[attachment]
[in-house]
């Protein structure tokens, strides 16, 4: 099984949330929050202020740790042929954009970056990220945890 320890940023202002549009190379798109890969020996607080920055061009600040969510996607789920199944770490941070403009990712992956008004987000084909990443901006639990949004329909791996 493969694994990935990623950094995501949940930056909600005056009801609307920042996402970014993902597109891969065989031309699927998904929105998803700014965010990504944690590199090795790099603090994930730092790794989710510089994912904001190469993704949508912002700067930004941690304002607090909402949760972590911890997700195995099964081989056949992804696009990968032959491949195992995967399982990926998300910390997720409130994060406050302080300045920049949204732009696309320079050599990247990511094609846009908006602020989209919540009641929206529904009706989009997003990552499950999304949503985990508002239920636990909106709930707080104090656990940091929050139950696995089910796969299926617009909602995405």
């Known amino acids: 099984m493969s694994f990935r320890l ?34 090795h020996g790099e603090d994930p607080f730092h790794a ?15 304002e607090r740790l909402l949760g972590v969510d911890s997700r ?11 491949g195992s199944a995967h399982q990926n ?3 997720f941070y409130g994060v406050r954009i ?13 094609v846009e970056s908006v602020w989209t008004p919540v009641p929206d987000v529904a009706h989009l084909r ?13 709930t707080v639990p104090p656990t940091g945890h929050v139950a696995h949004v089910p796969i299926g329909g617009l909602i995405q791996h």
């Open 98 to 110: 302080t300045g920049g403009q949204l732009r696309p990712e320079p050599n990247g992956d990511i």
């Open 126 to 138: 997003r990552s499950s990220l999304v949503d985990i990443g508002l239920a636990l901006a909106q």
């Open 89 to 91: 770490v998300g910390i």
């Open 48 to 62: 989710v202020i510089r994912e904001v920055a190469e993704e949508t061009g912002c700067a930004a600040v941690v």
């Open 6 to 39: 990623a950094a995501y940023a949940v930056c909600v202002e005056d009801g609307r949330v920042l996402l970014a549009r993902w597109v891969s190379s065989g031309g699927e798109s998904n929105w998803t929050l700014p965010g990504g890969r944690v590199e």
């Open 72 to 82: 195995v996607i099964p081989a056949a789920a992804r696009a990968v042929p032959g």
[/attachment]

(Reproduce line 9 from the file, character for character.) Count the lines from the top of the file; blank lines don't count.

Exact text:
């Open 72 to 82: 195995v996607i099964p081989a056949a789920a992804r696009a990968v042929p032959g």